(3) The email address belonging to the Vendor’s Solicitor’s email address looked similar, albeit a slightly different domain name;
(4) The email received by the Purchaser’s Solicitor had intimate details of the file, including the constraint of time and pressure on the Purchaser to pay the balance purchase price within the extended completion date that fell within the MCO period;
(5) Emails from the Vendor’s Solicitor had the law firm’s sign-off, that included the law firm’s logo; and
(6) The letterhead used was similar to the ones received by the Purchaser’s Solicitor prior to the MCO period.

We know when this alert is issued, Members will have questions.  However, we only have these brief facts.

We urge Members to exercise great caution when receiving instructions, especially via emails, and especially when it differs from agreed terms, eg with regard to transferring funds to a third-party account!

When there is a change request, minor or otherwise, every additional caution must be taken.  If the lawyer you called to make verifications failed to answer his office or personal phone, reconsider whether to proceed with the instructions and the risks involved if you choose to act upon such instructions.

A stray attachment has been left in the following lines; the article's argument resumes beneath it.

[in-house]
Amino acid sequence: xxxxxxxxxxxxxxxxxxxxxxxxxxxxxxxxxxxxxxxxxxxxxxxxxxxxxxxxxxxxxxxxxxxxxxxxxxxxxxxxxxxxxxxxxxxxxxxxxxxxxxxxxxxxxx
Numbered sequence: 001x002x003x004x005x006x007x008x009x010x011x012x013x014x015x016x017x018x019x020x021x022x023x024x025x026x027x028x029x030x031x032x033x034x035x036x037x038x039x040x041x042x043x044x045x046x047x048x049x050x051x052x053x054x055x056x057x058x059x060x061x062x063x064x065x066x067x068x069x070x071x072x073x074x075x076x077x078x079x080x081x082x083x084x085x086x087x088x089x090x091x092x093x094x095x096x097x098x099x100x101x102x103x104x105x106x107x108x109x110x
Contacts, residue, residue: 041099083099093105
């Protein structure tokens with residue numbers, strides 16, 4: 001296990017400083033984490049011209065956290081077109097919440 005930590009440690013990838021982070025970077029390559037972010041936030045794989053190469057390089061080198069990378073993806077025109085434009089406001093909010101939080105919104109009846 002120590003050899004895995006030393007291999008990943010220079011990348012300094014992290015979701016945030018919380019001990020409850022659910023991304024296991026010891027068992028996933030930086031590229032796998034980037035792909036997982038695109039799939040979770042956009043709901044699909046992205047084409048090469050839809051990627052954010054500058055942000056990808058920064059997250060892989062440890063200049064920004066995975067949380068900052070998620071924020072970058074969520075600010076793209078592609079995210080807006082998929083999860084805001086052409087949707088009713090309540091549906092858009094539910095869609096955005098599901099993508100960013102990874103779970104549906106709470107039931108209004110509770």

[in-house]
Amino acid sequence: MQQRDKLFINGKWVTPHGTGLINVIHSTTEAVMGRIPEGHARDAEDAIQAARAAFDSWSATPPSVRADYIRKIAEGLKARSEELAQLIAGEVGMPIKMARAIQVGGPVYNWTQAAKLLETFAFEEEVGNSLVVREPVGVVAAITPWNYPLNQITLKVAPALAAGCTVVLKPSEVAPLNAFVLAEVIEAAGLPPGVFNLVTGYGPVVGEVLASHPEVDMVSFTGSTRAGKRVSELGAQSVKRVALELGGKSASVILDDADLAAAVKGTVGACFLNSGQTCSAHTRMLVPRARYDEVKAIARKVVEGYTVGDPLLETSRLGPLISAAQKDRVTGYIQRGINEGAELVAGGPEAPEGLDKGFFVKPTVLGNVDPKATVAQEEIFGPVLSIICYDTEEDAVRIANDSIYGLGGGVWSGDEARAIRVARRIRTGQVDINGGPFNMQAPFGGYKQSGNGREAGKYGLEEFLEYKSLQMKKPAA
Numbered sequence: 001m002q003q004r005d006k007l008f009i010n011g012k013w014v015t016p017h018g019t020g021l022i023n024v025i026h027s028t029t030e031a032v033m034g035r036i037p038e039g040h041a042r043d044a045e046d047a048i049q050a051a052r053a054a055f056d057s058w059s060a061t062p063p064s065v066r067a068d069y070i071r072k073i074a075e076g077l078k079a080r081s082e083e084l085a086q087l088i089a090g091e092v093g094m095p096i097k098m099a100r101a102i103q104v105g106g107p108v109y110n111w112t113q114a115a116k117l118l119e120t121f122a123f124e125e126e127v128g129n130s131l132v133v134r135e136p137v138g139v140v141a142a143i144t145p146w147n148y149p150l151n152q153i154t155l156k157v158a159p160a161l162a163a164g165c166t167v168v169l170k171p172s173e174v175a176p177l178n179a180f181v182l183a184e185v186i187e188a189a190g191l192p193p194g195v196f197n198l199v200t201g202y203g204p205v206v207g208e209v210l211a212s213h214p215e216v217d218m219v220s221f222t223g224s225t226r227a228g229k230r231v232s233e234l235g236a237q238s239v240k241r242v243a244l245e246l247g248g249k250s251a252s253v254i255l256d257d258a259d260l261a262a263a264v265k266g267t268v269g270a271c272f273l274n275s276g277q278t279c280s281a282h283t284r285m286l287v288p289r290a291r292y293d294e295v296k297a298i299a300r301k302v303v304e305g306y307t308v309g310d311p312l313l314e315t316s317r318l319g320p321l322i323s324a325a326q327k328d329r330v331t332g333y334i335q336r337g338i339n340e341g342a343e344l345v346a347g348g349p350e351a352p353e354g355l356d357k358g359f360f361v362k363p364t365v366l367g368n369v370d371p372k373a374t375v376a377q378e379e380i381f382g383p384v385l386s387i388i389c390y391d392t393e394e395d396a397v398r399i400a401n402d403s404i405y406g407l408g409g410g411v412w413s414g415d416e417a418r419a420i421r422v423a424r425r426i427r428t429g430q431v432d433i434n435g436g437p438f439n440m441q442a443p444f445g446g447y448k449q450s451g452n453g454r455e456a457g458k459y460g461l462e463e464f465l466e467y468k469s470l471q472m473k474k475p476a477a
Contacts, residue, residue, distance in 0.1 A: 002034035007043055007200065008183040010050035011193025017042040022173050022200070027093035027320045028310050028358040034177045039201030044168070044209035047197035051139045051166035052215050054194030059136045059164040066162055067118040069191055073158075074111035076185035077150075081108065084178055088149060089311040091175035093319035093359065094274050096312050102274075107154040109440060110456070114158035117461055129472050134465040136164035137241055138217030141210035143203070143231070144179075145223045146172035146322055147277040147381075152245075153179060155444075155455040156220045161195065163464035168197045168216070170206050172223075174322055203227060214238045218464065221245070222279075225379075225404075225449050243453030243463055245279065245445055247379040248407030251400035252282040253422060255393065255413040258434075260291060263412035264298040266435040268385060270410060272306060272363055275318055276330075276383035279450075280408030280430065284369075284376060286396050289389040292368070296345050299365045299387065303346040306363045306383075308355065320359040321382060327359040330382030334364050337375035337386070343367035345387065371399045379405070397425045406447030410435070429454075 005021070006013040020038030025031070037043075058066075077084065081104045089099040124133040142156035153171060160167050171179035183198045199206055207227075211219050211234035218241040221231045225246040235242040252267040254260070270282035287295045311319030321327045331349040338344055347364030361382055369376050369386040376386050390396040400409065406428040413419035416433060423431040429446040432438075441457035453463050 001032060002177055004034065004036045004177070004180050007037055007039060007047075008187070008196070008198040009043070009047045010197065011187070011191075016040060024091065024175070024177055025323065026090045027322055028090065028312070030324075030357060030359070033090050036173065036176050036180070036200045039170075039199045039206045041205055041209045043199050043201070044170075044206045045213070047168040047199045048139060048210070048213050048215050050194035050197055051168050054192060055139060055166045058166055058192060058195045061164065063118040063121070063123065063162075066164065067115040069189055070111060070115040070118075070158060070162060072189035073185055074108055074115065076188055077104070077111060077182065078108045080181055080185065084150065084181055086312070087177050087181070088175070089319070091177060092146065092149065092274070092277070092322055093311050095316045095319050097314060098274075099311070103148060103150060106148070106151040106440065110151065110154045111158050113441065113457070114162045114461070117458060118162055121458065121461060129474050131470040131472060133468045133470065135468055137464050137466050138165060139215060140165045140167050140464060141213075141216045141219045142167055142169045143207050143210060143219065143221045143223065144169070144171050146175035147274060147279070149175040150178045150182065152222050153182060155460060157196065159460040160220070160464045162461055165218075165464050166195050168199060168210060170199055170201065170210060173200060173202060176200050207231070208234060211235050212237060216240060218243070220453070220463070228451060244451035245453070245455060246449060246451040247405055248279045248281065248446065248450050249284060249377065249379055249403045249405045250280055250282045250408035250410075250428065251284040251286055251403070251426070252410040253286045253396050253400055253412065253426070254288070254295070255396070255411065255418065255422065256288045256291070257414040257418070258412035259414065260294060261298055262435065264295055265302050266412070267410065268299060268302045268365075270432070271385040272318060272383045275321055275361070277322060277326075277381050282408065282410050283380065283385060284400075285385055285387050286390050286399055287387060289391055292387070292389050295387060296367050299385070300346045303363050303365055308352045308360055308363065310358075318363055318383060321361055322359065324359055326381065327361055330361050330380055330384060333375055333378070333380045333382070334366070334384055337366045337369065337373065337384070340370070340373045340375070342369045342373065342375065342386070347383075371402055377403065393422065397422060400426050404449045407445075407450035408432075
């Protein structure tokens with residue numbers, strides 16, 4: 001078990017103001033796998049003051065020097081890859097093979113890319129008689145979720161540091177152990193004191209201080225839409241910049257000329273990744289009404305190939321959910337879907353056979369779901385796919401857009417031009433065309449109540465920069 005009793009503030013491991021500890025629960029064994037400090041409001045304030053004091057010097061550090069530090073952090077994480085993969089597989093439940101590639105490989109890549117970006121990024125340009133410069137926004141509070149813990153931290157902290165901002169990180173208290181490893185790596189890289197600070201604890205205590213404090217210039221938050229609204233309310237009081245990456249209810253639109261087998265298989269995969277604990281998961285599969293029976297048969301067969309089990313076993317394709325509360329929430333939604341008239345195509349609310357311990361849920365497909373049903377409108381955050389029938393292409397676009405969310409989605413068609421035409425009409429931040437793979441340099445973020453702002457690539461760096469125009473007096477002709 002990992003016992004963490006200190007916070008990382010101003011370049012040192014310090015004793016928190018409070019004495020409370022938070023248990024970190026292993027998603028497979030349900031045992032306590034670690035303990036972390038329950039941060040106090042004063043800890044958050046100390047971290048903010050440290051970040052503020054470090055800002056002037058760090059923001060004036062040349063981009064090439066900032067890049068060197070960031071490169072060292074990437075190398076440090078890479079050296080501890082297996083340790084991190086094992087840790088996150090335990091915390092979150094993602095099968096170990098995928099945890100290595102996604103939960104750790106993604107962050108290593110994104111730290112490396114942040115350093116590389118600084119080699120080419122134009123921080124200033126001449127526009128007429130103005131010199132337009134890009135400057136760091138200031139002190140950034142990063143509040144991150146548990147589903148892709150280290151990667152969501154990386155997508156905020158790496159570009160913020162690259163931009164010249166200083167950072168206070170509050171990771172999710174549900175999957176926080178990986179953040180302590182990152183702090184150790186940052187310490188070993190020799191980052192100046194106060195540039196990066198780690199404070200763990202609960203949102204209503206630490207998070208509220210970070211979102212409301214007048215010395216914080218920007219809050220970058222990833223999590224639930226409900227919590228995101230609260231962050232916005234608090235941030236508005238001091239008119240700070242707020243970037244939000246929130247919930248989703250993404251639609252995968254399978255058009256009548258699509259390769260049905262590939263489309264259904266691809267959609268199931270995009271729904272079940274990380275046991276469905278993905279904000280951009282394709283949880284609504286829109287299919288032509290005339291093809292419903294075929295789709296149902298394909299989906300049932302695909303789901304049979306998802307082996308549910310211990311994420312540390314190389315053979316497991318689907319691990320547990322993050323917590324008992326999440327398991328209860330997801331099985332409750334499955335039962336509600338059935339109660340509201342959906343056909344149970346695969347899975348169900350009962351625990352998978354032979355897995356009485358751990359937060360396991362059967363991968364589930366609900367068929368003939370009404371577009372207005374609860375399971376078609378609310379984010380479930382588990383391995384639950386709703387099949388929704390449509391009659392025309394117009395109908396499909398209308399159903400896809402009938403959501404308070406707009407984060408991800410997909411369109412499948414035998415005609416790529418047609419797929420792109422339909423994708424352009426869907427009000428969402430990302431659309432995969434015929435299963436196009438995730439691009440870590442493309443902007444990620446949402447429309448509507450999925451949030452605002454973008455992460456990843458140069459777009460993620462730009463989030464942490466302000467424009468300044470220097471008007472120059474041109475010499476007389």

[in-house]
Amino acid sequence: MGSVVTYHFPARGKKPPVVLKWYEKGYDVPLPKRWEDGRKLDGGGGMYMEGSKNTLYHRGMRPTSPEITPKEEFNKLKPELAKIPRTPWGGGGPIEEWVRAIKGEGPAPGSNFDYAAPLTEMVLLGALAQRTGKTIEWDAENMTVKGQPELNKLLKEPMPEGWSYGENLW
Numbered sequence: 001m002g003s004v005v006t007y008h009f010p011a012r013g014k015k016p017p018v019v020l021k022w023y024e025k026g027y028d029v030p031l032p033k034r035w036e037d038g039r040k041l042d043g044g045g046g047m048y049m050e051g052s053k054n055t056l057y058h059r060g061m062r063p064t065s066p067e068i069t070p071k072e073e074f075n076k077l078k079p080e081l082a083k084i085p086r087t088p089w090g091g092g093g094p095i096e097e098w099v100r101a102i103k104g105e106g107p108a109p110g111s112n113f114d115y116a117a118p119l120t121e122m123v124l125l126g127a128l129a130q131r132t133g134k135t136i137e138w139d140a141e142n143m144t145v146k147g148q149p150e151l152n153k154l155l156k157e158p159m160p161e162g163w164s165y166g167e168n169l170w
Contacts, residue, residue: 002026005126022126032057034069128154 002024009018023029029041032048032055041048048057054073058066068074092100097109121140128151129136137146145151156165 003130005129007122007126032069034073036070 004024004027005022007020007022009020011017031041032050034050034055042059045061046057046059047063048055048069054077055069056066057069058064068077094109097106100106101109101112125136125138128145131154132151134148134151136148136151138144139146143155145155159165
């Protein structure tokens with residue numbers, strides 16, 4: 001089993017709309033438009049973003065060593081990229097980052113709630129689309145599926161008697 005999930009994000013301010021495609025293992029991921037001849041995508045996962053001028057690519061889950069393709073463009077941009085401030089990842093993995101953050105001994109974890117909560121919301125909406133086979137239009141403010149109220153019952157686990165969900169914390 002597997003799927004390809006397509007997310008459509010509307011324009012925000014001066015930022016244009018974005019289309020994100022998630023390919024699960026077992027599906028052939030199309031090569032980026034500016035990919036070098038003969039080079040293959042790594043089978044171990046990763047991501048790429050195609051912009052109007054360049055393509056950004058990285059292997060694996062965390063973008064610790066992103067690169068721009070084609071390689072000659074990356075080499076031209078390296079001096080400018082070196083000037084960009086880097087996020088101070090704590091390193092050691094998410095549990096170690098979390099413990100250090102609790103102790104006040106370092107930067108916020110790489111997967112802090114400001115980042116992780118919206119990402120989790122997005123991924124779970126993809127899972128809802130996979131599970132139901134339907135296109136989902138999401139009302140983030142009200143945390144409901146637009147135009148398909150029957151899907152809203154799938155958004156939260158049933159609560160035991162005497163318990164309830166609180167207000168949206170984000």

PLEASE take all necessary steps to avoid being a victim of cybercrimes.

(1) If you are in doubt of instructions received by email:

(a) Call the solicitor or client to confirm the instruction.  If you are unable to reach the solicitor, ask your client to call the vendor directly to confirm the change of instructions.  Later, confirm the conversation in writing immediately after you have spoken to the right person;